Happy Thanksgiving CardLess than a week to Thanksgiving, and I’m in the holiday mood. I’ve been cleaning, sprucing up the guest room, and hanging the rest of the art that has been stacked in an upstairs closet for almost 2 years. With all that done, my thoughts turned to food. Yum, my favorite part of planning.

I have a dozen guests arriving next week so I started thinking about the menu—not just for Thanksgiving Day itself, but for the day before and the days after.

I like to have a dessert each evening, but I like something that doesn’t take a lot of preparation and work. I’d rather spend time with my visitors than stuck in the kitchen. So here’s my family’s favorite go-to dessert for one of the dinners before the big feast day.

Cherry Pie-Cake

This is a dump cake. I call it a pie-cake because it’s not quite a pie, but not quite a cake either. It’s just a delicious, super easy dessert. Your guests will love it. Serves 12-16.


  • 1 Duncan Hines Yellow cake mix
  • 1 20-ounce can of crushed pineapple in syrup (must be syrup)
  • 1 can Cherry Pie Filling
  • 1 cup chopped pecans
  • 1 stick of butter, cut in slices


  • Preheat oven to 350 degrees.
  • Grease a 13x9x2 sheet cake pan or a pretty casserole dish.
  • Dump the undrained crushed pineapple into the pan and spread evenly over the bottom.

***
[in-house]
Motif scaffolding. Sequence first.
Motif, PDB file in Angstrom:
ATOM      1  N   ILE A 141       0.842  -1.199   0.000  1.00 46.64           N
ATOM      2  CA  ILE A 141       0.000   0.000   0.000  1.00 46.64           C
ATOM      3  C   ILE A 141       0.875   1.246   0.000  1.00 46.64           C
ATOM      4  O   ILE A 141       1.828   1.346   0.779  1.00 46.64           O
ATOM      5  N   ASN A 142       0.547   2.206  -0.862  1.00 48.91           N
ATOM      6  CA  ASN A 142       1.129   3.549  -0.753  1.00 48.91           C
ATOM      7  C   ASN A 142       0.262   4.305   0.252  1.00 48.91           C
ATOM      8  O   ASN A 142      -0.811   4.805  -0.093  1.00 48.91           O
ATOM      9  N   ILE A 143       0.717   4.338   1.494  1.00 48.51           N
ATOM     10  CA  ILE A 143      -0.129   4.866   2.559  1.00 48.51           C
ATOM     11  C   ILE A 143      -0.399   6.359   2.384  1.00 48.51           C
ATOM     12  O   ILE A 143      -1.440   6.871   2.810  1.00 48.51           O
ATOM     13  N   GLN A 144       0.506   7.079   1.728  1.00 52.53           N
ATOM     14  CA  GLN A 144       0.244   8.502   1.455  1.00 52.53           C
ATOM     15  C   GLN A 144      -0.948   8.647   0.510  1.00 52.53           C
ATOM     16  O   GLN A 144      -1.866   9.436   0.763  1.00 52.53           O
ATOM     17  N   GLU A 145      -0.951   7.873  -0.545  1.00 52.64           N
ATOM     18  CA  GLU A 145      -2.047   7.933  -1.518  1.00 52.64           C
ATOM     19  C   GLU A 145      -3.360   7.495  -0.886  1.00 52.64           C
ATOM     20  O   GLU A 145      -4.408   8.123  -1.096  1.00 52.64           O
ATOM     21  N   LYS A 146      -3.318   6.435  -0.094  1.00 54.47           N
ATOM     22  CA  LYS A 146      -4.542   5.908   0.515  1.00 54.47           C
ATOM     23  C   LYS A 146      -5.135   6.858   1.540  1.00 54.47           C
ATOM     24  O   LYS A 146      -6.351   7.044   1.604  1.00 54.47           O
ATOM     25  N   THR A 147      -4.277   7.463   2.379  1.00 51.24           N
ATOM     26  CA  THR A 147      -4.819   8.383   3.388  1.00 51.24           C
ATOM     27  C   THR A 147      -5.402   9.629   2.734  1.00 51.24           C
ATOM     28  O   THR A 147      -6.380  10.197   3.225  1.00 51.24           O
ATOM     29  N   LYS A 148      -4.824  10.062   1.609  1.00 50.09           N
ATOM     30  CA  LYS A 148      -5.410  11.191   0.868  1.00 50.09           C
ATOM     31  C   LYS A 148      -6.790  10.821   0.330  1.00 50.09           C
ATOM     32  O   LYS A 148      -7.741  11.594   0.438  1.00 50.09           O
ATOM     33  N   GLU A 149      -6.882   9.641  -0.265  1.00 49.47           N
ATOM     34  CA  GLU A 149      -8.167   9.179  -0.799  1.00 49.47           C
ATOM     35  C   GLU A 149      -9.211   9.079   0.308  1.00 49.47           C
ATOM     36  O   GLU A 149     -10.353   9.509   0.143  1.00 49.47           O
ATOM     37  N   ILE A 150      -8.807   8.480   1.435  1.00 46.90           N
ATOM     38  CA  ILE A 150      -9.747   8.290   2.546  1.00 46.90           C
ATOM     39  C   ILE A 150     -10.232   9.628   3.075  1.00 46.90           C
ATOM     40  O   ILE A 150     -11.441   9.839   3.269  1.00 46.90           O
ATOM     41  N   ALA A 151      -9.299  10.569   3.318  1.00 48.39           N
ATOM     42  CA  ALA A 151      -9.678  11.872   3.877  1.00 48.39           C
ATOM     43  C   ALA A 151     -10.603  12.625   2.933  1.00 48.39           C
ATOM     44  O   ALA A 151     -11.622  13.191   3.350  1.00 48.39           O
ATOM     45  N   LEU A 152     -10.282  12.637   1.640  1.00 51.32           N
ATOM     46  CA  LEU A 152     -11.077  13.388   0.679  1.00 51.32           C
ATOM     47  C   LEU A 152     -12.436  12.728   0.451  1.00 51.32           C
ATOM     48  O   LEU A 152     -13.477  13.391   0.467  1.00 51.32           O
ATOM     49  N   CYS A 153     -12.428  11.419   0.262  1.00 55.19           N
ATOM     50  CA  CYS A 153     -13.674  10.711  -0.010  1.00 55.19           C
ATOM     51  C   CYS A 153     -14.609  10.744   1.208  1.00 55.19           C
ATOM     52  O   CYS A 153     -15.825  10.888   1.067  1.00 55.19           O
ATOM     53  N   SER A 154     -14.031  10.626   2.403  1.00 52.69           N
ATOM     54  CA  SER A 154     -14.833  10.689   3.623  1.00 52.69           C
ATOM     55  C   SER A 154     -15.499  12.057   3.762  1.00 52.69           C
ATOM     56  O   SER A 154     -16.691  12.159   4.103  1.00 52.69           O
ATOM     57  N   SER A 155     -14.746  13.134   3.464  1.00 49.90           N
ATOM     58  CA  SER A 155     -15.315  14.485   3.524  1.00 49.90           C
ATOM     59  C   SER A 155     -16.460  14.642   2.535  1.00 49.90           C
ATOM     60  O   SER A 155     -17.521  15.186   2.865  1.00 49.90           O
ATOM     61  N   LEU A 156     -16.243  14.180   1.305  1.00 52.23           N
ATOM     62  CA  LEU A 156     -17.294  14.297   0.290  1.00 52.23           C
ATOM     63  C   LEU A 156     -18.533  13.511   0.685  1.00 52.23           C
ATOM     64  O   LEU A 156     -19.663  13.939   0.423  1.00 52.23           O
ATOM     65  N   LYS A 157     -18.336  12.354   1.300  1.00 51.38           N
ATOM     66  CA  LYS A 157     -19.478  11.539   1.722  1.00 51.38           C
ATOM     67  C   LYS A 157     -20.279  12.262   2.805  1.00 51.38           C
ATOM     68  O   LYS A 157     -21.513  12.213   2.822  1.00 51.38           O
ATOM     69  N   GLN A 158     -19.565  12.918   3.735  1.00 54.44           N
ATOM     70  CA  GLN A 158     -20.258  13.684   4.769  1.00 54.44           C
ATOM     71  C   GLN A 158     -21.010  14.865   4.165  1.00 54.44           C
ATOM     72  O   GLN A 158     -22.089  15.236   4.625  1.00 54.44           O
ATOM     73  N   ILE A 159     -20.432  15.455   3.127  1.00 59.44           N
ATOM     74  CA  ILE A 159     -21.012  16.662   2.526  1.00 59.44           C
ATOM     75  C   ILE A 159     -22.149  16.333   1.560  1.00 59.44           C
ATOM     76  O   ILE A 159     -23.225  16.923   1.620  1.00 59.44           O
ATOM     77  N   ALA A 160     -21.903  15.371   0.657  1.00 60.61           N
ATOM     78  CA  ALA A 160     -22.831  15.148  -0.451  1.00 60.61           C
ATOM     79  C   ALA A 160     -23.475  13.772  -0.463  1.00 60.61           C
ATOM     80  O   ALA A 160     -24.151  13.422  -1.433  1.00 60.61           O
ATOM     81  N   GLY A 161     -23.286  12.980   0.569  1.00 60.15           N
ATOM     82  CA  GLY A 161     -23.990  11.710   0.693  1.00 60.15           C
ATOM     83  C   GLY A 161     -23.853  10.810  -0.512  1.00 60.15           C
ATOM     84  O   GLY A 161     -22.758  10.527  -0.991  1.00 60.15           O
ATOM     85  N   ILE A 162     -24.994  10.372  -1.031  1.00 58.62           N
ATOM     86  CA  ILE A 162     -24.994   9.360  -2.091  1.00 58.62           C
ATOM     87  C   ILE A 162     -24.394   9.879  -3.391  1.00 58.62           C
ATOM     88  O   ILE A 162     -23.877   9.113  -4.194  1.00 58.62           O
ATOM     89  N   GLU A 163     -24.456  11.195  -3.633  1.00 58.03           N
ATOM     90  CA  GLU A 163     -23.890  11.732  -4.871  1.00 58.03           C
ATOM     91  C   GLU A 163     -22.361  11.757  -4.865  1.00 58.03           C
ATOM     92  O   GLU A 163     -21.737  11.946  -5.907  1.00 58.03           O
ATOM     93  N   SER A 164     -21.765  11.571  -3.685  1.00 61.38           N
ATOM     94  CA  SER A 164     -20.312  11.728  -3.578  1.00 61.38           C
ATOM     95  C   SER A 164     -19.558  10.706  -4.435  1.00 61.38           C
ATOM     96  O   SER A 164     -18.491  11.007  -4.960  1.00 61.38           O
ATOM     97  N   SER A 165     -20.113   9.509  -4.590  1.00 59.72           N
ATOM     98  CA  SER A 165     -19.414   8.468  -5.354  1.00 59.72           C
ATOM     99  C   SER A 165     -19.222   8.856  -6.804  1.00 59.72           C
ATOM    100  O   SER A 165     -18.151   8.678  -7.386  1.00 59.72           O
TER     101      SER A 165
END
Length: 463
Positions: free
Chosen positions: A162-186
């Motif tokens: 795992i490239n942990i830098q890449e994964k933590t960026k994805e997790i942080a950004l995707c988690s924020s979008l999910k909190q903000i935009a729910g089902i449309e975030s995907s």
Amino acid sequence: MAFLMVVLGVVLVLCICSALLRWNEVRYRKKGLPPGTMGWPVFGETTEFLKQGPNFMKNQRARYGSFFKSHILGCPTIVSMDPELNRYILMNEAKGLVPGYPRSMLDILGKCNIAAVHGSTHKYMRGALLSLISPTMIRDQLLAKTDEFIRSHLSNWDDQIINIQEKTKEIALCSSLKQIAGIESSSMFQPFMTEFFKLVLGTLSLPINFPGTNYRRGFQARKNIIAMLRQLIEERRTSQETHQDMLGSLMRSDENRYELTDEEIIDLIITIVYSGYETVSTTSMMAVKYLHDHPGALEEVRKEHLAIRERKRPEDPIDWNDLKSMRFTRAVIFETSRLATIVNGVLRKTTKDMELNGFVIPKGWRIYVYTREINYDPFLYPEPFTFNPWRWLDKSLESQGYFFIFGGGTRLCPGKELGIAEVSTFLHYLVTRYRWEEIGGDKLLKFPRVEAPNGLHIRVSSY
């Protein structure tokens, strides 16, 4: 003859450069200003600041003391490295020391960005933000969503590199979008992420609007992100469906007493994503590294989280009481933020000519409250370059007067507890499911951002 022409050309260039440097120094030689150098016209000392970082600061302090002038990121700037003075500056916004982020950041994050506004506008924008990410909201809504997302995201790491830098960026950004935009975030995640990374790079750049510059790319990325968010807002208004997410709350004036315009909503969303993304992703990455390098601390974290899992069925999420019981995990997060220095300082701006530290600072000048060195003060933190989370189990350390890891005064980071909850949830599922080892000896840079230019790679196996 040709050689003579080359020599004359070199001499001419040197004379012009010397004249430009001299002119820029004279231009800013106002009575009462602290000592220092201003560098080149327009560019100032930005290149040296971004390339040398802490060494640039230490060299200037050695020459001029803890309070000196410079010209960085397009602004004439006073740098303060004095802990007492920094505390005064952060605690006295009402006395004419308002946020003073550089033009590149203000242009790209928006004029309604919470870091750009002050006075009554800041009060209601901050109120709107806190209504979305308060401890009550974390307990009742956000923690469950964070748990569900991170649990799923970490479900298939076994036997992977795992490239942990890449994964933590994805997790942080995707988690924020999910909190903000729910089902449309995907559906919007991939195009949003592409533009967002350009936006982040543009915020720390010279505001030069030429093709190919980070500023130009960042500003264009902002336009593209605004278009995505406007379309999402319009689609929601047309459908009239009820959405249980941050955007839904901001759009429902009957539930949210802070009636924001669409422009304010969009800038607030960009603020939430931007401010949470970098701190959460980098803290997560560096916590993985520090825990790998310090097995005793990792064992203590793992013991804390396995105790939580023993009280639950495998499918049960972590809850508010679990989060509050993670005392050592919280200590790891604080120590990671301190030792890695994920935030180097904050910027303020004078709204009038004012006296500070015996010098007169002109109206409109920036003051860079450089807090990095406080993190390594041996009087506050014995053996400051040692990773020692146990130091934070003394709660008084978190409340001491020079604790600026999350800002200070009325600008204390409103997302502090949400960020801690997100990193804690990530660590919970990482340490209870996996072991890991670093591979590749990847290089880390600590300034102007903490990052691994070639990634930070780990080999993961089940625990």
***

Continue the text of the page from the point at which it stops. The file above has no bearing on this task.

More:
• Spoon the pie filling over the pineapple and spread it as evenly as possible.
  • Sprinkle the box of dry cake mix over the layers and spread it out evenly.
  • Sprinkle the pecans over the cake mix layer.
  • Place the pieces of butter around the top.
  • Bake for 48-53 minutes.
  • Serve warm or cooled.
  • Prepare to collect the compliments!

Jane (I'm Still Single) Jones by Joan ReevesNeed a Break from the Festivities?

Consider JANE (I’m Still Single) JONES, a romantic comedy all about family and friends. Reader Review: “These are two of the most delightful characters on the printed page.

“Jane thinks she’s worldly NYC but is very much the Louisiana belle—and Morgan…well what can you say, the perfect all grown up, hunky former nerd.

“Joan Reeves is at her very best with these two and the entire small town of delightful characters. It’s delightful, delicious, sexy and adorable.”

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I wish you all a wonderful Thanksgiving and showers of blessings for which to give thanks each and every day.

Post Script

Joan Reeves is a NY Times and USA Today bestselling author of contemporary romance. She lives her “happily ever after” with her husband in the Lone Star State. Visit Joan at her Amazon Author PageSlingWords, her blog; and sign up for Wordplay, her email mailing list.

Fork in the Road

In the words of the late, great, Yogi Berra, “If you come to a fork in the road, take it”. I’m taking it.


This last year has been incredibly altering for me on a personal level. I’ve been wrapped up in the emotion of losing both my parents and dealing with their estates, which has been anything but straightforward or painless. What I’ve found?…it’s rarely a good thing to live in your own head, but it can be useful for storytelling.